Kind of thinking influences religious belief

Study showed that people who tend to think analytically are less likely to report they believe in God...

by Alessandro Greco

The kind of thinking influences how much people tend to have religious beliefs. This is the conclusion of a study published Thursday in the journal, Science.

Will Gervais and Ara Norenzayan, University of British Columbia, Canada, found that people who think analytically, rather than intuitively, tend to be less likely to report they believe in God.

In recent years, several studies have sought to understand the reasons for the lack of religious belief. Gervais and Norenzayan created a series of experiments to try to also understand the other side of the coin. "Long ago, scientists were interested in religion, and tried to understand why our species has religious beliefs and no other seems to have it."

"As a psychologist, I tried to understand the factors that led people to have faith. In this process, we must also take into account that there are probably more than half a billion people worldwide who do not have any kind of religious belief. That is: we try to understand why some people have religious beliefs and not others," said Gervais in a podcast available from Science.

In a series of experiments, they showed that by inducing, even if subtly, analytical thinking, people tend to lower their religious beliefs when tested on the subject after the experiment. In one, the researchers showed, for example, the figure of the sculpture "The Thinker" by Auguste Rodin, in which a person appears in a state of reflection.  In another, a crossword puzzle with words like "think," "consider" and "rational."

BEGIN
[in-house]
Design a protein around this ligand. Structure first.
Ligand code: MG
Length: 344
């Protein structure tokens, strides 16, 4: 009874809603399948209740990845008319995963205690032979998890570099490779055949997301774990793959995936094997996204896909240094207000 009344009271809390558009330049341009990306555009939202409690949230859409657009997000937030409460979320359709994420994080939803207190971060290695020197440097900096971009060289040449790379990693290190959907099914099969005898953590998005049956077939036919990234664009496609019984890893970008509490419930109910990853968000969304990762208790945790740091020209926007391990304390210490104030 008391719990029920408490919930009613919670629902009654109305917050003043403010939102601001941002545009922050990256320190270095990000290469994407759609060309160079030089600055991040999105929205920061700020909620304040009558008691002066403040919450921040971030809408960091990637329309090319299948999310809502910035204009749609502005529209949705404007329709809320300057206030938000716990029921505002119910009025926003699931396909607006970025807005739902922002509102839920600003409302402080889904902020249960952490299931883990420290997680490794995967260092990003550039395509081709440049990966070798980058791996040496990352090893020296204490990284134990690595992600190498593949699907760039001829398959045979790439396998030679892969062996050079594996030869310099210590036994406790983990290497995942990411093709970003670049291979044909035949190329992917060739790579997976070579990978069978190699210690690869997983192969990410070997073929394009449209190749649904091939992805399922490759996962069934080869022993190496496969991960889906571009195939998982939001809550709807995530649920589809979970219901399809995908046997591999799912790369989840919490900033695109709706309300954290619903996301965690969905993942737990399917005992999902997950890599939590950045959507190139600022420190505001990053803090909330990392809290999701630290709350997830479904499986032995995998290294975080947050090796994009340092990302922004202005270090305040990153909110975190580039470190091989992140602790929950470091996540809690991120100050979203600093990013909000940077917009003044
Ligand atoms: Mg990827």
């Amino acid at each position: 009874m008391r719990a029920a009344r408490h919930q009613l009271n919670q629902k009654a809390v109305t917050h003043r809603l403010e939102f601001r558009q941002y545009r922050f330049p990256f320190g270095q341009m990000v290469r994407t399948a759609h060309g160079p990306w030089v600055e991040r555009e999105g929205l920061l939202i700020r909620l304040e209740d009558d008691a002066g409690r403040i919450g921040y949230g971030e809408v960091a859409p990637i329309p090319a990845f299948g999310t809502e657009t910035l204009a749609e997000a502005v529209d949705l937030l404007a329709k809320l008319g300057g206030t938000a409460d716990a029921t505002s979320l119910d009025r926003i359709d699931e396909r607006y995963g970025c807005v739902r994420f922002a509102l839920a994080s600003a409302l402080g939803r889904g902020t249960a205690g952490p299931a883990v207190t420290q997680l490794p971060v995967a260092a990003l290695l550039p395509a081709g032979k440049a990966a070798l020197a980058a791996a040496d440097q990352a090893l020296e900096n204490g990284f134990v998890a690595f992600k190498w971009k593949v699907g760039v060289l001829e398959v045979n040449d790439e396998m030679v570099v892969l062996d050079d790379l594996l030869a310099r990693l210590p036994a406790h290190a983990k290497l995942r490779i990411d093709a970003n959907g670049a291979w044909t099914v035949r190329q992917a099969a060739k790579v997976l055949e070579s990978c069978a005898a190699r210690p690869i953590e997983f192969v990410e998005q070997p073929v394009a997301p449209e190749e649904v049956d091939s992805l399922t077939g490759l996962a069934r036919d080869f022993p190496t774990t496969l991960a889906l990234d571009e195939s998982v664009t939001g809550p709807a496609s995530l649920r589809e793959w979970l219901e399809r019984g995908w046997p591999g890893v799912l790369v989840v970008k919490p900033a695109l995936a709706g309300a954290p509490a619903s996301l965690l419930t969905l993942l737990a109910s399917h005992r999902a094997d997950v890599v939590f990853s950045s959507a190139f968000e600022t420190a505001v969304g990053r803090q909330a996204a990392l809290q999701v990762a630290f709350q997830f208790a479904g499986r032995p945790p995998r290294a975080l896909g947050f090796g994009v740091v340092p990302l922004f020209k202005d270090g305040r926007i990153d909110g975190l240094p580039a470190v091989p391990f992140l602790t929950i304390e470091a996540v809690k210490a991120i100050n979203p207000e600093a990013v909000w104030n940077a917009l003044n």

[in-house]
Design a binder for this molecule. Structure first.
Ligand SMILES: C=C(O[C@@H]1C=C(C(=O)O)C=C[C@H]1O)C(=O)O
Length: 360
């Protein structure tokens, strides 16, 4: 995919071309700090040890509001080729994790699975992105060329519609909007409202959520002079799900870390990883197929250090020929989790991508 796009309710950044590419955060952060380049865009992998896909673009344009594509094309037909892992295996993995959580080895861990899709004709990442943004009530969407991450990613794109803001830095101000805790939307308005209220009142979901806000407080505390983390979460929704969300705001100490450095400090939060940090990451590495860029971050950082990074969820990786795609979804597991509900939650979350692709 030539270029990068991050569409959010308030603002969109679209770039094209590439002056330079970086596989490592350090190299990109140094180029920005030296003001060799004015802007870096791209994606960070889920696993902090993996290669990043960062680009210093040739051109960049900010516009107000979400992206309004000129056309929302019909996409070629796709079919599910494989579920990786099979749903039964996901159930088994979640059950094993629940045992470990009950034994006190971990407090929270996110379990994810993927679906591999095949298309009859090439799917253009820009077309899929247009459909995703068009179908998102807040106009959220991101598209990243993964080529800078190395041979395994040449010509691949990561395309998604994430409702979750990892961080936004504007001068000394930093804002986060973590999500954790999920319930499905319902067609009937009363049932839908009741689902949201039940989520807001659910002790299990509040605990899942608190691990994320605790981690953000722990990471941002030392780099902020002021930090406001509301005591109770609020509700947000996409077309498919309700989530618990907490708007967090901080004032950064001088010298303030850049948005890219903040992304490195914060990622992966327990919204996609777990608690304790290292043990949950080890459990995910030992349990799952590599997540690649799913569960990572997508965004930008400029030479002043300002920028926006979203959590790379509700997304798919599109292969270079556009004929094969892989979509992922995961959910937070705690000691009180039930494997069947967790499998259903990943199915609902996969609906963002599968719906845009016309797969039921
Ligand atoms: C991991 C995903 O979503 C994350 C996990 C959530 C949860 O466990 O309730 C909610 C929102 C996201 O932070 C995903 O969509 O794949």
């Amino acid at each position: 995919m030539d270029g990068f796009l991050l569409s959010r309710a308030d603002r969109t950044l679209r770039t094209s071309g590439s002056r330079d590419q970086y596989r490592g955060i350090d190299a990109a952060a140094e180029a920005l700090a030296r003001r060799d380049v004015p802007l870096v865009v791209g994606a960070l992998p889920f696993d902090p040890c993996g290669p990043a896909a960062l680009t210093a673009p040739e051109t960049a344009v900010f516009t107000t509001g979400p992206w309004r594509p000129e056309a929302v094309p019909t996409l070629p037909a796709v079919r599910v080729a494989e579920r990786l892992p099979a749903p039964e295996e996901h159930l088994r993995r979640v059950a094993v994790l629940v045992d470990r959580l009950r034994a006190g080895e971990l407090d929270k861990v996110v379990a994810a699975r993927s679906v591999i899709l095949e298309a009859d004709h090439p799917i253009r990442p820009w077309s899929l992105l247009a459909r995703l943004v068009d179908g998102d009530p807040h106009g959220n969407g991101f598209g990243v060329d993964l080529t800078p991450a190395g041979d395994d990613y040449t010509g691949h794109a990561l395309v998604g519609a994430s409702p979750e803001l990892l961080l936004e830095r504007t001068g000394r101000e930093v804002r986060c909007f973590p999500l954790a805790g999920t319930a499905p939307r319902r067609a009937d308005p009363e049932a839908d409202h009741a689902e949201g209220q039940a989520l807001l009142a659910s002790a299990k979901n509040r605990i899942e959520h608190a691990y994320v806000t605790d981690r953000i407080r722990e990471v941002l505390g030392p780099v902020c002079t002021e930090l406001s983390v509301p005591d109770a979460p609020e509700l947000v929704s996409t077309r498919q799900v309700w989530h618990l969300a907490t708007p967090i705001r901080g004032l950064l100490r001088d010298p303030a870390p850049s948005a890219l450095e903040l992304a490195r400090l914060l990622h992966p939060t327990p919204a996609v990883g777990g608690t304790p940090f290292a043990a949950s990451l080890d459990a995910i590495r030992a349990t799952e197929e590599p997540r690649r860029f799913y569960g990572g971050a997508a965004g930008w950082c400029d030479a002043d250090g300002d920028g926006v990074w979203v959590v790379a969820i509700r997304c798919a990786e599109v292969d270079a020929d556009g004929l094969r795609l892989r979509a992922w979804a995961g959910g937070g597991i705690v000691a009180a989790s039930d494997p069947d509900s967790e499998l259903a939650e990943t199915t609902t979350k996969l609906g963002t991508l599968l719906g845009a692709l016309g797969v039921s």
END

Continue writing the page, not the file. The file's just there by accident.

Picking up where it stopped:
The result was that people who were induced to think analytically from these "cues" reported a decline in religious belief compared to those that did not receive them.

The influence of analytical thinking is not solely responsible for religious unbelief, the researchers said. "I want to emphasize that although it appears that analytical thinking is a source of religious unbelief, we are not saying it's the only one. There are also other cultural factors within a certain context thar can be a source of religious disbelief, as well  as other cognitive factors," said Gervais.

This lack of religious belief can emerge also with "specific deficits in the intuitive process that leads to the representation of religious concepts ... of secular cultural contexts which lack the concept that a person should adopt a specific religious belief, and of societies that effectively ensure the existential the safety of its citizens," the authors write in the article.

In recent years, several studies have also studied the influence of religious beliefs on people's daily lives. One group, led by Michael Inzlitch, University of Toronto, Canada, showed that belief in God helps block anxiety and reduces stress.


Translated from the Portuguese version by:

Lisa Karpova

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Author`s name Oksana Orlovskaya